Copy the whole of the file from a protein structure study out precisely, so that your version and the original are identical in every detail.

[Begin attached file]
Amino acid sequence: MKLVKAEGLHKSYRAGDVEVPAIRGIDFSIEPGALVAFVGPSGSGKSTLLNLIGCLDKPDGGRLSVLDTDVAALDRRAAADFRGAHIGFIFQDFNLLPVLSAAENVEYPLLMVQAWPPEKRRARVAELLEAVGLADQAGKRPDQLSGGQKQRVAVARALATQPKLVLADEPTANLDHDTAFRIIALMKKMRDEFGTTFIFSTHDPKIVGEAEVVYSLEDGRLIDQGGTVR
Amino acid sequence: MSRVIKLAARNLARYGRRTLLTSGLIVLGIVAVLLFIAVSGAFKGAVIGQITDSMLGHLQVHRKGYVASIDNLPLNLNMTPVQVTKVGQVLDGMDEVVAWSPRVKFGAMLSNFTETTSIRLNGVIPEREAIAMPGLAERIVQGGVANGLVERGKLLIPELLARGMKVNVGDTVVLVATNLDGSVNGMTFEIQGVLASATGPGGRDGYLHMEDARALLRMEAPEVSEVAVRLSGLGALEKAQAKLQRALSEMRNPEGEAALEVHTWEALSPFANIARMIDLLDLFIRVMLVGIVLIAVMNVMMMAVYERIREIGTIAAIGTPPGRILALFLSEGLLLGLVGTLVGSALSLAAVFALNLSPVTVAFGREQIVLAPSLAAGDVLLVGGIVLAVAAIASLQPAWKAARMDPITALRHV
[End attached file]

Amino acid sequence: MKLVKAEGLHKSYRAGDVEVPAIRGIDFSIEPGALVAFVGPSGSGKSTLLNLIGCLDKPDGGRLSVLDTDVAALDRRAAADFRGAHIGFIFQDFNLLPVLSAAENVEYPLLMVQAWPPEKRRARVAELLEAVGLADQAGKRPDQLSGGQKQRVAVARALATQPKLVLADEPTANLDHDTAFRIIALMKKMRDEFGTTFIFSTHDPKIVGEAEVVYSLEDGRLIDQGGTVR
Amino acid sequence: MSRVIKLAARNLARYGRRTLLTSGLIVLGIVAVLLFIAVSGAFKGAVIGQITDSMLGHLQVHRKGYVASIDNLPLNLNMTPVQVTKVGQVLDGMDEVVAWSPRVKFGAMLSNFTETTSIRLNGVIPEREAIAMPGLAERIVQGGVANGLVERGKLLIPELLARGMKVNVGDTVVLVATNLDGSVNGMTFEIQGVLASATGPGGRDGYLHMEDARALLRMEAPEVSEVAVRLSGLGALEKAQAKLQRALSEMRNPEGEAALEVHTWEALSPFANIARMIDLLDLFIRVMLVGIVLIAVMNVMMMAVYERIREIGTIAAIGTPPGRILALFLSEGLLLGLVGTLVGSALSLAAVFALNLSPVTVAFGREQIVLAPSLAAGDVLLVGGIVLAVAAIASLQPAWKAARMDPITALRHV